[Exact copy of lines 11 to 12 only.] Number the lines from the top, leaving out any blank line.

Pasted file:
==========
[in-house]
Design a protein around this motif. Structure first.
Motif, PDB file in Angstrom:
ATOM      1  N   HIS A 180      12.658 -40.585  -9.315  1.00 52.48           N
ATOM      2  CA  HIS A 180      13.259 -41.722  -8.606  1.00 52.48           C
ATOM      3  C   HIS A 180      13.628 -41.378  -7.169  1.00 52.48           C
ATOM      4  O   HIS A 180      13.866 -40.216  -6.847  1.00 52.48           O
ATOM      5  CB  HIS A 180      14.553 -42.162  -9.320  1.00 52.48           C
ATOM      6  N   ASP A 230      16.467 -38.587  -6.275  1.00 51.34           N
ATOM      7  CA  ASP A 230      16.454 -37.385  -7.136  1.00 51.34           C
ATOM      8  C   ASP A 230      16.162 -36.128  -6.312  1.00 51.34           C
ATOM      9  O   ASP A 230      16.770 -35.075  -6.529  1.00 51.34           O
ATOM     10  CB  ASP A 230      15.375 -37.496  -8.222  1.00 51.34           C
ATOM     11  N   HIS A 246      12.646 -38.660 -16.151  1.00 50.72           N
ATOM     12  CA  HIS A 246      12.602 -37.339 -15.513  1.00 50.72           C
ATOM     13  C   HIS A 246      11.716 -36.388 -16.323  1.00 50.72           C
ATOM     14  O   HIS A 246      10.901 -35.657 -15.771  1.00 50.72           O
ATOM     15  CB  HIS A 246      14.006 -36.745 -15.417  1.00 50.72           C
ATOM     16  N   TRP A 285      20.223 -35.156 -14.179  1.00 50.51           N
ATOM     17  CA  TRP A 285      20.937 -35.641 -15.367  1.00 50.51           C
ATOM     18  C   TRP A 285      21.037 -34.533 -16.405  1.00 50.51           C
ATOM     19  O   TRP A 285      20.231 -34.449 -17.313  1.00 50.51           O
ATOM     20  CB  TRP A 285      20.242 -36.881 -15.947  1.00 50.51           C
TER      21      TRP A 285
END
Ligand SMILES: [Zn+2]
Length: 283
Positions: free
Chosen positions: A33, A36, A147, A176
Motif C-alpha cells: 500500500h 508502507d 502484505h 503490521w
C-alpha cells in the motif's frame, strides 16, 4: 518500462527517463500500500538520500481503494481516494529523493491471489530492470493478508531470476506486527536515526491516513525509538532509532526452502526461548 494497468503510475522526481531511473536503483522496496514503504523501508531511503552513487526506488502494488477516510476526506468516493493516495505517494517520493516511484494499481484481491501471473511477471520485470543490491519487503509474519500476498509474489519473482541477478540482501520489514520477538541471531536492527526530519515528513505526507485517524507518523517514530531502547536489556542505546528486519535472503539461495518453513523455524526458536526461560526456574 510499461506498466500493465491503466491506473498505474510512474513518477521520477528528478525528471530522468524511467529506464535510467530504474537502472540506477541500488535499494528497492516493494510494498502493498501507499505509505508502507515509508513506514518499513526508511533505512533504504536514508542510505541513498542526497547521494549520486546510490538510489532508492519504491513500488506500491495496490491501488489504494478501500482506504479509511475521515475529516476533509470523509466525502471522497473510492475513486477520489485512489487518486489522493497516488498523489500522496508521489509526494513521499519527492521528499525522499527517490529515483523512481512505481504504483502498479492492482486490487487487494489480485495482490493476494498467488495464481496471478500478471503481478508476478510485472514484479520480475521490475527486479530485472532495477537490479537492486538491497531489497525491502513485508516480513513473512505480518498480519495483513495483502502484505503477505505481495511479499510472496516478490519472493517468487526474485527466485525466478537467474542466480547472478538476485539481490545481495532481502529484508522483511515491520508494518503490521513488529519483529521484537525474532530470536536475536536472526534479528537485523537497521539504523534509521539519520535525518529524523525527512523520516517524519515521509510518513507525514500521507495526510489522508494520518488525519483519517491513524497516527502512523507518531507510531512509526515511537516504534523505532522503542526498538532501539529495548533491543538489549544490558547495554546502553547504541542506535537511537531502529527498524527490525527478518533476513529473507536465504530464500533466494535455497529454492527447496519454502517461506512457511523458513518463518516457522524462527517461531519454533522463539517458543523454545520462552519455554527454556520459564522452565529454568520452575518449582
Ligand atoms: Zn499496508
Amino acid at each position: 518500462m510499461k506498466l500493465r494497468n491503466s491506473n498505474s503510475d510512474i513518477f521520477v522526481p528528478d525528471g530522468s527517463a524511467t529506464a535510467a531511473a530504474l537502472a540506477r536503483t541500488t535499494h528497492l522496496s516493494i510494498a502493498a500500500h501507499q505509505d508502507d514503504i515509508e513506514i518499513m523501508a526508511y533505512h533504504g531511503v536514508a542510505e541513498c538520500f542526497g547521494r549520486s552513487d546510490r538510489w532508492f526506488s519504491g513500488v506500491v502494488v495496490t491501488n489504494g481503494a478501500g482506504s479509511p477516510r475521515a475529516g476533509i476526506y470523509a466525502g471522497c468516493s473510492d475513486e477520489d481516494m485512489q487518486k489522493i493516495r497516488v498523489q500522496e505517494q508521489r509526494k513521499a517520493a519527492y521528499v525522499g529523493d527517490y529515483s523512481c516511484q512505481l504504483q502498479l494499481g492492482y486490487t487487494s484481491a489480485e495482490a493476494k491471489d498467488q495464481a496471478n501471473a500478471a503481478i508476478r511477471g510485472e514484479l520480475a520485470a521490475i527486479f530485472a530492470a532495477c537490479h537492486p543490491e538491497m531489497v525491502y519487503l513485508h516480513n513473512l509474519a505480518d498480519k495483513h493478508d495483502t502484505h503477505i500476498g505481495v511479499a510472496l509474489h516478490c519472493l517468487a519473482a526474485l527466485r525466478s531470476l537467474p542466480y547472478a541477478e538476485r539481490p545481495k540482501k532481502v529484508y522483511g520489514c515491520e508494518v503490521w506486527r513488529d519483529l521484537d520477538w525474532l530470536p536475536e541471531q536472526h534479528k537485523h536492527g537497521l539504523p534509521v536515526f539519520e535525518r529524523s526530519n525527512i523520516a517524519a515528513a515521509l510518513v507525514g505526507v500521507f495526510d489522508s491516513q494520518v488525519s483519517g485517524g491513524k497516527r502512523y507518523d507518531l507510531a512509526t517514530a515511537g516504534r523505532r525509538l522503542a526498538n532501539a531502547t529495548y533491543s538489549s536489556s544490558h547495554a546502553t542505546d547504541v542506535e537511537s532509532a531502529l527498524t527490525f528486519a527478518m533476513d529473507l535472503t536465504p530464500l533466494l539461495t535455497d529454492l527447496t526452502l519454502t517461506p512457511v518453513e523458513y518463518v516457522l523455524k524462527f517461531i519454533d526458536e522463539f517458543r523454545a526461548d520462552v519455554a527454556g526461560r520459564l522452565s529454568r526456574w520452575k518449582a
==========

ATOM      8  C   ASP A 230      16.162 -36.128  -6.312  1.00 51.34           C
ATOM      9  O   ASP A 230      16.770 -35.075  -6.529  1.00 51.34           O